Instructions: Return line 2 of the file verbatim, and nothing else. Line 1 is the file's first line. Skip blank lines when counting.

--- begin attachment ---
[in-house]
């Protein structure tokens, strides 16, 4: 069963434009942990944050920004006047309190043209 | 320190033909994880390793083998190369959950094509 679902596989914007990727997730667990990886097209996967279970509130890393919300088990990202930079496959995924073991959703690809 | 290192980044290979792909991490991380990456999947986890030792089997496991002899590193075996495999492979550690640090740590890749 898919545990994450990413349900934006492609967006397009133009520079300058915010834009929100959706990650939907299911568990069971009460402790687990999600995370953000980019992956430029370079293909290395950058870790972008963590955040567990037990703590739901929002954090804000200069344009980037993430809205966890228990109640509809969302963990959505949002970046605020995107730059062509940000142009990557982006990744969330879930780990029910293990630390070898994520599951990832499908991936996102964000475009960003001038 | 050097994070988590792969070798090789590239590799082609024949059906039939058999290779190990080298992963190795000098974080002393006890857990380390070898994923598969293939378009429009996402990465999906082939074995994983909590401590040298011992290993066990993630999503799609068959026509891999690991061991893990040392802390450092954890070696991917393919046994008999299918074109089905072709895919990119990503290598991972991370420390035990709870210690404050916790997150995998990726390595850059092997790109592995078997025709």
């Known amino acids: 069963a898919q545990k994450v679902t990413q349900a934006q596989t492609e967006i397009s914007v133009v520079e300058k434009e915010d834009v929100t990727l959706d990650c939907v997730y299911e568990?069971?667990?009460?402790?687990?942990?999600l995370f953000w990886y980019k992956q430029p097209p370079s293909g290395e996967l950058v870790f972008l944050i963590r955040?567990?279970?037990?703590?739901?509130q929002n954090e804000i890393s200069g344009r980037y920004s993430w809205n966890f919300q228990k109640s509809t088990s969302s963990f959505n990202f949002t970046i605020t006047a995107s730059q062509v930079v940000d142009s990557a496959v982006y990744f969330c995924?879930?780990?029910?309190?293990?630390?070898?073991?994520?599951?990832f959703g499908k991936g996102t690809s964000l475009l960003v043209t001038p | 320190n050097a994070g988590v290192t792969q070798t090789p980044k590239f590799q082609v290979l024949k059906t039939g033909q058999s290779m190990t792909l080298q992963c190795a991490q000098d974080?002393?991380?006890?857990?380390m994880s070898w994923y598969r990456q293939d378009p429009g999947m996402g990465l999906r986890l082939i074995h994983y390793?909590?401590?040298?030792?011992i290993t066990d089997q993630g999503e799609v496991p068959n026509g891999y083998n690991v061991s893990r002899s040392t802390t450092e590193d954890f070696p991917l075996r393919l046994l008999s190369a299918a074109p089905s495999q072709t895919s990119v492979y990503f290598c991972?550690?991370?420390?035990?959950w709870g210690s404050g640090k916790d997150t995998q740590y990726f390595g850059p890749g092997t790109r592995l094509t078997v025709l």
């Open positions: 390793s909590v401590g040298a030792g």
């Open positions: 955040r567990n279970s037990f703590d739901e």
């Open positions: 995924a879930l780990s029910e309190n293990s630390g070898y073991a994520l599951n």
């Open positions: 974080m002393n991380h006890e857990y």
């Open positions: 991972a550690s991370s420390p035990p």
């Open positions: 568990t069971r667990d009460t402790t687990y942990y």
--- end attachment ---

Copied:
């Protein structure tokens, strides 16, 4: 069963434009942990944050920004006047309190043209 | 320190033909994880390793083998190369959950094509 679902596989914007990727997730667990990886097209996967279970509130890393919300088990990202930079496959995924073991959703690809 | 290192980044290979792909991490991380990456999947986890030792089997496991002899590193075996495999492979550690640090740590890749 898919545990994450990413349900934006492609967006397009133009520079300058915010834009929100959706990650939907299911568990069971009460402790687990999600995370953000980019992956430029370079293909290395950058870790972008963590955040567990037990703590739901929002954090804000200069344009980037993430809205966890228990109640509809969302963990959505949002970046605020995107730059062509940000142009990557982006990744969330879930780990029910293990630390070898994520599951990832499908991936996102964000475009960003001038 | 050097994070988590792969070798090789590239590799082609024949059906039939058999290779190990080298992963190795000098974080002393006890857990380390070898994923598969293939378009429009996402990465999906082939074995994983909590401590040298011992290993066990993630999503799609068959026509891999690991061991893990040392802390450092954890070696991917393919046994008999299918074109089905072709895919990119990503290598991972991370420390035990709870210690404050916790997150995998990726390595850059092997790109592995078997025709």